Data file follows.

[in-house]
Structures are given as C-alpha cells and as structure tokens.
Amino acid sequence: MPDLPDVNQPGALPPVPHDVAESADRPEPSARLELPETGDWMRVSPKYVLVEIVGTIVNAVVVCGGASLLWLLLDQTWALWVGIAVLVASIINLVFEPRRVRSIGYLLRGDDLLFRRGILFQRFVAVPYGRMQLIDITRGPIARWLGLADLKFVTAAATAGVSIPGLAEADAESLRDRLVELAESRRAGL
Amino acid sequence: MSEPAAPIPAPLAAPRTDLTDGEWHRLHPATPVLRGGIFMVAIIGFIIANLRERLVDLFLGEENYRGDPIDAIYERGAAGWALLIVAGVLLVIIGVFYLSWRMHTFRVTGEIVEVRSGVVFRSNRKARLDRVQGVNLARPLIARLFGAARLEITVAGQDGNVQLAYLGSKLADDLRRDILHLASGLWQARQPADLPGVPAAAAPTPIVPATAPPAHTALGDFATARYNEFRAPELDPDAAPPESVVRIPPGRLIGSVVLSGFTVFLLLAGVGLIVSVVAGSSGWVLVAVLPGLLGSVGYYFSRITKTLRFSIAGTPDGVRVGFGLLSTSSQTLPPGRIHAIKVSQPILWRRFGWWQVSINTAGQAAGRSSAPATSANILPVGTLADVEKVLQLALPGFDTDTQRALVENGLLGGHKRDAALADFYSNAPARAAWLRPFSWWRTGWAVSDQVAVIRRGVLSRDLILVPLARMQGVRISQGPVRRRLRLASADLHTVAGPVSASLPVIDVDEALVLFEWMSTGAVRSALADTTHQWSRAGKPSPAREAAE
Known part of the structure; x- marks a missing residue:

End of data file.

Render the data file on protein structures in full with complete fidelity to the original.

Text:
[in-house]
Structures are given as C-alpha cells and as structure tokens.
Amino acid sequence: MPDLPDVNQPGALPPVPHDVAESADRPEPSARLELPETGDWMRVSPKYVLVEIVGTIVNAVVVCGGASLLWLLLDQTWALWVGIAVLVASIINLVFEPRRVRSIGYLLRGDDLLFRRGILFQRFVAVPYGRMQLIDITRGPIARWLGLADLKFVTAAATAGVSIPGLAEADAESLRDRLVELAESRRAGL
Amino acid sequence: MSEPAAPIPAPLAAPRTDLTDGEWHRLHPATPVLRGGIFMVAIIGFIIANLRERLVDLFLGEENYRGDPIDAIYERGAAGWALLIVAGVLLVIIGVFYLSWRMHTFRVTGEIVEVRSGVVFRSNRKARLDRVQGVNLARPLIARLFGAARLEITVAGQDGNVQLAYLGSKLADDLRRDILHLASGLWQARQPADLPGVPAAAAPTPIVPATAPPAHTALGDFATARYNEFRAPELDPDAAPPESVVRIPPGRLIGSVVLSGFTVFLLLAGVGLIVSVVAGSSGWVLVAVLPGLLGSVGYYFSRITKTLRFSIAGTPDGVRVGFGLLSTSSQTLPPGRIHAIKVSQPILWRRFGWWQVSINTAGQAAGRSSAPATSANILPVGTLADVEKVLQLALPGFDTDTQRALVENGLLGGHKRDAALADFYSNAPARAAWLRPFSWWRTGWAVSDQVAVIRRGVLSRDLILVPLARMQGVRISQGPVRRRLRLASADLHTVAGPVSASLPVIDVDEALVLFEWMSTGAVRSALADTTHQWSRAGKPSPAREAAE
Known part of the structure; x- marks a missing residue: